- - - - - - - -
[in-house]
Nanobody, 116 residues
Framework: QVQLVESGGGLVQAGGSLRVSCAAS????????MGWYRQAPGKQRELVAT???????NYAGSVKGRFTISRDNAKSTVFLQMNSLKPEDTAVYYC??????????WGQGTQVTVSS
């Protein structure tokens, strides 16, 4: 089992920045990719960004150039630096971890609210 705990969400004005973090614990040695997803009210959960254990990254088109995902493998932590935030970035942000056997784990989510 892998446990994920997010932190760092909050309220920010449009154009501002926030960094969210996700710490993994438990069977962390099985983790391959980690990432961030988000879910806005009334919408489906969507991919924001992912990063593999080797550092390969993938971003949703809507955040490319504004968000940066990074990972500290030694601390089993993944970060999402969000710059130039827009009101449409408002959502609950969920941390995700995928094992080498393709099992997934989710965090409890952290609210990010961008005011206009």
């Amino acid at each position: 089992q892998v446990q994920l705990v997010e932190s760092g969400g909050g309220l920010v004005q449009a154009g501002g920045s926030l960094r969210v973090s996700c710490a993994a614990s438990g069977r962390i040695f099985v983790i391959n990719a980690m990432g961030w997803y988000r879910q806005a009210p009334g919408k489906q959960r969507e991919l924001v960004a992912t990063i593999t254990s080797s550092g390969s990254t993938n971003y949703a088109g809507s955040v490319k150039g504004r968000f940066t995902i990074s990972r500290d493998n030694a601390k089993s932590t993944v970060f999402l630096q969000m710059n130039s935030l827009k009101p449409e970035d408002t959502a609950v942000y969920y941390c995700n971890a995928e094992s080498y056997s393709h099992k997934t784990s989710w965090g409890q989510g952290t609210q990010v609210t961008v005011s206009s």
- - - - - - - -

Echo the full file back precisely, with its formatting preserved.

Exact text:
[in-house]
Nanobody, 116 residues
Framework: QVQLVESGGGLVQAGGSLRVSCAAS????????MGWYRQAPGKQRELVAT???????NYAGSVKGRFTISRDNAKSTVFLQMNSLKPEDTAVYYC??????????WGQGTQVTVSS
């Protein structure tokens, strides 16, 4: 089992920045990719960004150039630096971890609210 705990969400004005973090614990040695997803009210959960254990990254088109995902493998932590935030970035942000056997784990989510 892998446990994920997010932190760092909050309220920010449009154009501002926030960094969210996700710490993994438990069977962390099985983790391959980690990432961030988000879910806005009334919408489906969507991919924001992912990063593999080797550092390969993938971003949703809507955040490319504004968000940066990074990972500290030694601390089993993944970060999402969000710059130039827009009101449409408002959502609950969920941390995700995928094992080498393709099992997934989710965090409890952290609210990010961008005011206009």
């Amino acid at each position: 089992q892998v446990q994920l705990v997010e932190s760092g969400g909050g309220l920010v004005q449009a154009g501002g920045s926030l960094r969210v973090s996700c710490a993994a614990s438990g069977r962390i040695f099985v983790i391959n990719a980690m990432g961030w997803y988000r879910q806005a009210p009334g919408k489906q959960r969507e991919l924001v960004a992912t990063i593999t254990s080797s550092g390969s990254t993938n971003y949703a088109g809507s955040v490319k150039g504004r968000f940066t995902i990074s990972r500290d493998n030694a601390k089993s932590t993944v970060f999402l630096q969000m710059n130039s935030l827009k009101p449409e970035d408002t959502a609950v942000y969920y941390c995700n971890a995928e094992s080498y056997s393709h099992k997934t784990s989710w965090g409890q989510g952290t609210q990010v609210t961008v005011s206009s």